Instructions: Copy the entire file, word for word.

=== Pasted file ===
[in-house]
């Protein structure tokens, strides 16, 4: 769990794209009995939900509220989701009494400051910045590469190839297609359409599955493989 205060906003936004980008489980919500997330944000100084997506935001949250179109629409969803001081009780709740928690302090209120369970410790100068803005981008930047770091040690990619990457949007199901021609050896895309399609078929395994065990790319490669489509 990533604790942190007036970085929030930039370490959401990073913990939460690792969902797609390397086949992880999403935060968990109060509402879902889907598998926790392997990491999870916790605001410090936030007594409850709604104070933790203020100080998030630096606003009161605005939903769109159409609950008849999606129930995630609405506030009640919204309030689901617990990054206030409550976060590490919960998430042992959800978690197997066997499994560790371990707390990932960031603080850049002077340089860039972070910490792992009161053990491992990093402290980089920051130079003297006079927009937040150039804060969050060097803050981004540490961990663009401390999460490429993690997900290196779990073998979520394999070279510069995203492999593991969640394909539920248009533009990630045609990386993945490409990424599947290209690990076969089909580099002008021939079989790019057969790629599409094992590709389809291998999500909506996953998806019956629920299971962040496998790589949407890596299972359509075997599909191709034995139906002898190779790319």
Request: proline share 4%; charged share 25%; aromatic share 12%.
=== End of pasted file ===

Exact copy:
[in-house]
């Protein structure tokens, strides 16, 4: 769990794209009995939900509220989701009494400051910045590469190839297609359409599955493989 205060906003936004980008489980919500997330944000100084997506935001949250179109629409969803001081009780709740928690302090209120369970410790100068803005981008930047770091040690990619990457949007199901021609050896895309399609078929395994065990790319490669489509 990533604790942190007036970085929030930039370490959401990073913990939460690792969902797609390397086949992880999403935060968990109060509402879902889907598998926790392997990491999870916790605001410090936030007594409850709604104070933790203020100080998030630096606003009161605005939903769109159409609950008849999606129930995630609405506030009640919204309030689901617990990054206030409550976060590490919960998430042992959800978690197997066997499994560790371990707390990932960031603080850049002077340089860039972070910490792992009161053990491992990093402290980089920051130079003297006079927009937040150039804060969050060097803050981004540490961990663009401390999460490429993690997900290196779990073998979520394999070279510069995203492999593991969640394909539920248009533009990630045609990386993945490409990424599947290209690990076969089909580099002008021939079989790019057969790629599409094992590709389809291998999500909506996953998806019956629920299971962040496998790589949407890596299972359509075997599909191709034995139906002898190779790319």
Request: proline share 4%; charged share 25%; aromatic share 12%.